Trapezoidal, Rectangular, U (Round Bottom, Palmer Bowlus), Parshall. Graphing Calculator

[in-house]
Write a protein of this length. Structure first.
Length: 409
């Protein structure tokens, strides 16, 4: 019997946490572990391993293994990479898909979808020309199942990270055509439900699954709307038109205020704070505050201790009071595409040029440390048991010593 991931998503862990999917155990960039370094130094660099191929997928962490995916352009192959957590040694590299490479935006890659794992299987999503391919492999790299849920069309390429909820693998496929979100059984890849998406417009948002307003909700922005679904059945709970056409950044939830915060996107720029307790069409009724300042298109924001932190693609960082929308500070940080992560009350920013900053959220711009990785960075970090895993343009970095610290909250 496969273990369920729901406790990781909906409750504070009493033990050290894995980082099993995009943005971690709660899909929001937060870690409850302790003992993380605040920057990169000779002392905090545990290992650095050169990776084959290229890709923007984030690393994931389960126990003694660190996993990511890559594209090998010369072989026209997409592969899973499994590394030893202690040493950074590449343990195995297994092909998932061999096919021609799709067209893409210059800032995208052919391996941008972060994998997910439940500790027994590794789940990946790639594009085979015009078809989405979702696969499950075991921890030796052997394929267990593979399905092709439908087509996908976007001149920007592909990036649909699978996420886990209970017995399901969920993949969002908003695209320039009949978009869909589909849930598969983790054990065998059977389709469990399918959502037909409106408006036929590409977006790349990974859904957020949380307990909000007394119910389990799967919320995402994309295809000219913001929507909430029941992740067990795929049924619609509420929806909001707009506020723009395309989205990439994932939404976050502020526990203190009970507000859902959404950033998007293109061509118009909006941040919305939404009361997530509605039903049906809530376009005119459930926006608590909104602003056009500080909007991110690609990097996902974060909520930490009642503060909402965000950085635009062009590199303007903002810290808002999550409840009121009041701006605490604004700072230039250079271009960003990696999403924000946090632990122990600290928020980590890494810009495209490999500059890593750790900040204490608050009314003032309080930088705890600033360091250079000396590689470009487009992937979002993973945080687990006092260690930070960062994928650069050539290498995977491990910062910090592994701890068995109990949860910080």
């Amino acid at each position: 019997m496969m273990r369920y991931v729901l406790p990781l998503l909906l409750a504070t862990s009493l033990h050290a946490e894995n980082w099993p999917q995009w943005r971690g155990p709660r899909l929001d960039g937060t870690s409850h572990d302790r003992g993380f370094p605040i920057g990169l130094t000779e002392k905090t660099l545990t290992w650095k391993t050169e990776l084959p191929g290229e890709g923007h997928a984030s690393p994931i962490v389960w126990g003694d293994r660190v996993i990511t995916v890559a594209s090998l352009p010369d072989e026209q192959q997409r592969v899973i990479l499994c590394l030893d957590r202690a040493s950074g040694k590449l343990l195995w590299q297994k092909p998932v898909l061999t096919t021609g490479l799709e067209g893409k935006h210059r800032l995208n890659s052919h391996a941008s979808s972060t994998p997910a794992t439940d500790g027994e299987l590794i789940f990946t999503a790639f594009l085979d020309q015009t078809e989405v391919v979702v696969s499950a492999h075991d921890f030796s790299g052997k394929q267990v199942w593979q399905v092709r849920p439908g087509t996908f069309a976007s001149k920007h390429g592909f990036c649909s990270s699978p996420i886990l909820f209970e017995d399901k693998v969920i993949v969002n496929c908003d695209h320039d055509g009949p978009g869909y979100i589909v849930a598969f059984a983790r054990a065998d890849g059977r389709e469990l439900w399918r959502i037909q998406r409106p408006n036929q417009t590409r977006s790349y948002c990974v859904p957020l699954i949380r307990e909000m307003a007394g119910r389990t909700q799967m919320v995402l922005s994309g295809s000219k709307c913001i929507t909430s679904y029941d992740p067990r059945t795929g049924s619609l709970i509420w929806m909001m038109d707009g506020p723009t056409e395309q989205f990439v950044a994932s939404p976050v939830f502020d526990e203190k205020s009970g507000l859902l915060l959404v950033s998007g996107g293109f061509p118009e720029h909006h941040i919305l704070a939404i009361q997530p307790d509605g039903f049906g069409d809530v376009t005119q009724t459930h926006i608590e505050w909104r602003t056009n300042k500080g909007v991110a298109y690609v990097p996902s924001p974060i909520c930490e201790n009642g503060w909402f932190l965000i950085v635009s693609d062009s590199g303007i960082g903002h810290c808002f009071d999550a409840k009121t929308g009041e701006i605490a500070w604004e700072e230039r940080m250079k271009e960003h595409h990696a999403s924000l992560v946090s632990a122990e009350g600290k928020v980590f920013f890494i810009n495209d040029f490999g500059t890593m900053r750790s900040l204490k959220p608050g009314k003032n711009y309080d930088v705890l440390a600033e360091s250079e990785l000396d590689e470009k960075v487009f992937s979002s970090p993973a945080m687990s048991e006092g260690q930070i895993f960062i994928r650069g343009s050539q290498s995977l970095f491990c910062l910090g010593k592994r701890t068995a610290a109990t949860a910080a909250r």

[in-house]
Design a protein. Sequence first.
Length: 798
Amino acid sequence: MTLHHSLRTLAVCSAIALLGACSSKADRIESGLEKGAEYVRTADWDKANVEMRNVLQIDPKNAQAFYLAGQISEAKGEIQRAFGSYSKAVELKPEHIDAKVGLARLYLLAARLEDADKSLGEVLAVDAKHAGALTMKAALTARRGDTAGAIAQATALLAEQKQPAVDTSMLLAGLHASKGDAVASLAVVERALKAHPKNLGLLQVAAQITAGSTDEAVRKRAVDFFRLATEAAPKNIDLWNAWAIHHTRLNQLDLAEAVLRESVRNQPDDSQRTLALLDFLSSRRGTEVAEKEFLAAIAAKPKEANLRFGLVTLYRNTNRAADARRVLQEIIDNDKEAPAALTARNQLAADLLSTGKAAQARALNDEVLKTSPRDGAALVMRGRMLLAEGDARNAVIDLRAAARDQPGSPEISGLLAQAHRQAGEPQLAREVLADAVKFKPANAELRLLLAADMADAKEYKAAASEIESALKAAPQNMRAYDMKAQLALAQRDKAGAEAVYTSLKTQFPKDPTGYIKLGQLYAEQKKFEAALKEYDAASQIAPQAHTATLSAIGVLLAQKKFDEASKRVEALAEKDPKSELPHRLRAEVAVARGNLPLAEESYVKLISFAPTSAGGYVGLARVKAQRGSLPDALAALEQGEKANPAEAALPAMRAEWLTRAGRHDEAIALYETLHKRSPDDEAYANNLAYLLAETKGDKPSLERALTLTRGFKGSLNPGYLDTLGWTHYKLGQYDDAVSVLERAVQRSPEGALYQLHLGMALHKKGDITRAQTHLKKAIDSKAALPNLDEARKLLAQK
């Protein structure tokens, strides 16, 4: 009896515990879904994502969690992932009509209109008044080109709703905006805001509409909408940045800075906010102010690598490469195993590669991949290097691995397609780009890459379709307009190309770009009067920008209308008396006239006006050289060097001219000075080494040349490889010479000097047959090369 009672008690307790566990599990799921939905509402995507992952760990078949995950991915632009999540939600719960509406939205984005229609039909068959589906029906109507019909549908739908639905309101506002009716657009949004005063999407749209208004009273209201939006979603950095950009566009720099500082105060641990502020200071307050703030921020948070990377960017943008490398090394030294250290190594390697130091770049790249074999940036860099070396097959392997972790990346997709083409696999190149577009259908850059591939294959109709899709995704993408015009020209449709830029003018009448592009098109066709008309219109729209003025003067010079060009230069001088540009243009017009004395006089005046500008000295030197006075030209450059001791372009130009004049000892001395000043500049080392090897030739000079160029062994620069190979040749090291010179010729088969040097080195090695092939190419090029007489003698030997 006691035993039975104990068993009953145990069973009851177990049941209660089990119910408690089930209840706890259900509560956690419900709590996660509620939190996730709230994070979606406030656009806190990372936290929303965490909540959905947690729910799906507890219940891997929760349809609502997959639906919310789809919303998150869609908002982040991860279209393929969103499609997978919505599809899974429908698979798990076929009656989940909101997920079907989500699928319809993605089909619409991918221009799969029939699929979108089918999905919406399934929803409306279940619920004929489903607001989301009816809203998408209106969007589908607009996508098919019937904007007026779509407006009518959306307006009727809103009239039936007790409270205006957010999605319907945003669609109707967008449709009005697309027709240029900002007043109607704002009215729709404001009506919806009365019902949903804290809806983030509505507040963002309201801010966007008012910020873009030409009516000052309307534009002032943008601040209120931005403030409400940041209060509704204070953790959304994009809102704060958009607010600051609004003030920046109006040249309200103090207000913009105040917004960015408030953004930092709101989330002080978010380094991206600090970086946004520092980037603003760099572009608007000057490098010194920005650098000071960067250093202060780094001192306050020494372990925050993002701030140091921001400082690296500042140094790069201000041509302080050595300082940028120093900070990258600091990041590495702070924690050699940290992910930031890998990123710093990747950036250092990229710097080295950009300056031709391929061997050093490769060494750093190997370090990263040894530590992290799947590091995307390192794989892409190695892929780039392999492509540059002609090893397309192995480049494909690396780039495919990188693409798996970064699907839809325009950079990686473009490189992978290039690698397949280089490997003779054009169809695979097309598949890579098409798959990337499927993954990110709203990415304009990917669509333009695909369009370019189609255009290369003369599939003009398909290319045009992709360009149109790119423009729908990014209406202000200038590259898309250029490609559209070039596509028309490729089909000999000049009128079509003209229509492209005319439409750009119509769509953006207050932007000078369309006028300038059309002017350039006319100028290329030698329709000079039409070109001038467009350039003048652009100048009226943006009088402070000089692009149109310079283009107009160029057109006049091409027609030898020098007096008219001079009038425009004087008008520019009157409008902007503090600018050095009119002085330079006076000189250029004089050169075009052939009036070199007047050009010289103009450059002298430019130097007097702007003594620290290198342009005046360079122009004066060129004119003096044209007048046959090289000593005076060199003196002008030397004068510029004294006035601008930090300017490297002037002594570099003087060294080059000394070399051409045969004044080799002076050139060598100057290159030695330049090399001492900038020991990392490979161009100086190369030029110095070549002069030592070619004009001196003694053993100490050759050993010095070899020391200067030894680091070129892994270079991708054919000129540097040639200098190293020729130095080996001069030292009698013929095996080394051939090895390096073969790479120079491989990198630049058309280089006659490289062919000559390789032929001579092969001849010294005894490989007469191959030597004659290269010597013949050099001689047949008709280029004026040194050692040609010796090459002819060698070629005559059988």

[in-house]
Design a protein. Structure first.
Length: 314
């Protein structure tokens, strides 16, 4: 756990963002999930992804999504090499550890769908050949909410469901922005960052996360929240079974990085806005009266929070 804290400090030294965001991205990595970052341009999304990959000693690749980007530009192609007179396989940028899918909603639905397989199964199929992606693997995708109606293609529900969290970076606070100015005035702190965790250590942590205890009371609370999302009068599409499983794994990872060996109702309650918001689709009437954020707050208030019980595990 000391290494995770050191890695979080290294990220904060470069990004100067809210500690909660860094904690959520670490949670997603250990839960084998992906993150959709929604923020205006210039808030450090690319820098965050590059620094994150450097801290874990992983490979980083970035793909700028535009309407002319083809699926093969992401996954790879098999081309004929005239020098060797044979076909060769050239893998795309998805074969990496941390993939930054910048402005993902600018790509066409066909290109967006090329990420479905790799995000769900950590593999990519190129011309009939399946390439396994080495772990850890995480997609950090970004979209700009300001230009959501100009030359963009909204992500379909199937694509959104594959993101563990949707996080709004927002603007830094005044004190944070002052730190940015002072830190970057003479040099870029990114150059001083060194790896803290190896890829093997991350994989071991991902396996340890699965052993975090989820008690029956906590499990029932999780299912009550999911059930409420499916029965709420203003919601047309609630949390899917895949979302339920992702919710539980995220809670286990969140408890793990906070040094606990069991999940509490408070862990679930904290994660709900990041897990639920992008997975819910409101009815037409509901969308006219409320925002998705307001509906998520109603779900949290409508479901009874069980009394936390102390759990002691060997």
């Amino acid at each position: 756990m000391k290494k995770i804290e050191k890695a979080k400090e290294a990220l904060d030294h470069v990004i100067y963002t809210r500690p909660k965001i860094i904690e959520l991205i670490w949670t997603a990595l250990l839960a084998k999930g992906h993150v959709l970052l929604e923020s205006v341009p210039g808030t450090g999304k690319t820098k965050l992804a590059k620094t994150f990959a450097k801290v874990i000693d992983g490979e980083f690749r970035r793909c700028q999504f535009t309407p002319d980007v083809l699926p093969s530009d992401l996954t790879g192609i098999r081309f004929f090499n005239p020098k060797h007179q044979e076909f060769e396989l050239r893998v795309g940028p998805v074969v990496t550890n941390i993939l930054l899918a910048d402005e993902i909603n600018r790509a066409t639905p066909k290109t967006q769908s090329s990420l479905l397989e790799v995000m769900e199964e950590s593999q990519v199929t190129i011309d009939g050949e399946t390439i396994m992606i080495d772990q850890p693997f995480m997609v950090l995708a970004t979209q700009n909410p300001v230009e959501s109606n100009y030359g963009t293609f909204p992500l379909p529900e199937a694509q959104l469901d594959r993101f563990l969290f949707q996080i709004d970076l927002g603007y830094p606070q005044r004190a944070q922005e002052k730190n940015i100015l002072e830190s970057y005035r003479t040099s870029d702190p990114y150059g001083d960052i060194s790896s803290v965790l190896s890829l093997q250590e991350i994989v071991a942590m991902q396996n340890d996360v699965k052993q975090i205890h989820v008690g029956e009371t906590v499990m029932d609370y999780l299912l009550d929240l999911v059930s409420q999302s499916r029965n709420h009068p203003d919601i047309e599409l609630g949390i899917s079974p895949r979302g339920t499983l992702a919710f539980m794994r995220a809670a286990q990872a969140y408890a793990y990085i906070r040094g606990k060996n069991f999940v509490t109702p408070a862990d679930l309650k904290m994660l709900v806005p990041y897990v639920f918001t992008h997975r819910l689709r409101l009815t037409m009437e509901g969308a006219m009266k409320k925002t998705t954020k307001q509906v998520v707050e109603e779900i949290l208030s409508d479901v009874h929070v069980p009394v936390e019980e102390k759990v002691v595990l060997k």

Register to enable "Calculate" button. Demonstration mode for d (Uflume) or b (all other flumes) of 0.5 m (cookies must be enabled). Flume calculator units: cm=centimeter, ft=foot, gal=U.S. gallon, hr=hour, m=meter, MGD=million gallons (US) per day, min=minute, s=second Links on this page: Equations Variables Error Messages References Introduction Head is measured in the flume upstream of the throat  in the socalled "approach channel". For Parshall flumes, head is measured upstream from the throat a distance of 2/3 of the length of the approach channel (x=length of approach channel in the above diagram). For the other three flumes, head is measured upstream from the throat a distance of 3 to 4 times the maximum expected head. This location is somewhat arbitrary because the head does not vary too much with position, so the exact location of the head measurement is not as important as for a Parshall flume. Since the rectangular, trapezoidal, and U flumes can have a raised throat (a hump), it is important to note that head is measured from the top of the hump rather than from the bottom of the approach channel. This web page has calculations for four types of flumes  Parshall, rectangular, trapezoidal, and U shape. Each has advantages and disadvantages related to construction, installation, head measurement, sedimentation, and analysis. Parshall flumes are the most common. They were studied extensively in the mid 1900s. Their analysis is well documented in many texts. Their analytical maturity is exemplified by having both ASTM and ISO standards written for them (ASTM, 1991; ISO, 1992). Recently, Parshall flumes have gone out of favor due to their construction complexity and likelihood to trap sediment compared to newer flume designs. Rectangular and trapezoidal flumes function by having a constriction at the throat and/or a raised invert (bottom) at the throat. Either feature can cause critical flow at the throat in a properly operating flume. These flumes are simpler to construct, can be more easily fit into an existing channel, and can trap less sediment than a Parshall flume. However, the methodology relating discharge to measured head is more complex. Uflumes (round bottom flumes), similar to PalmerBowlus flumes but with a semicircular throat, are ideal for use in culverts or pipes. Critical flow is achieved by narrowing the throat or by raising the bottom of the flume at the throat. Analysis of U flumes is similar to that of the trapezoidal flume. All flumes must be built with their dimensions in strict accordance with specifications in published documents such as the ISO and ASTM standards. Otherwise, discharge analysis must be conducted for the specific flume beginning with theory and proceeding to experimentation to modify the theory by physical observations. Regarding analysis of flumes, flumes (like weirs) are designed to force a transition from subcritical to supercritical flow. In the case of flumes, the transition is caused by designing flumes to have a narrowing at the throat, raising of the channel bottom, or both. Such a transition causes flow to pass through critical depth at the flume throat. At the critical depth, energy is minimized and there is a direct relationship between water depth and velocity (and flowrate). However, it is physically very difficult to measure critical depth in a flume because its exact location is difficult to determine and may vary with flowrate. Through mass conservation, the upstream depth is related to the critical depth. Therefore, flowrate can be determined by measuring the upstream depth, which is a highly reliable measurement. The LMNO Engineering flume software is based on ASTM and ISO standards for flumes. These standards were developed from theoretical relationships and modified by experimental observations conducted over several decades. Our software is valid only for unsubmerged flows. An unsubmerged flow can be identified by the drop in water depth at the flume throat. In submerged flow, the downstream water backs up into the throat swallowing the drop making the drop difficult or impossible to identify. Analysis of submerged flow requires two head measurements  one in the approach channel and one in the throat.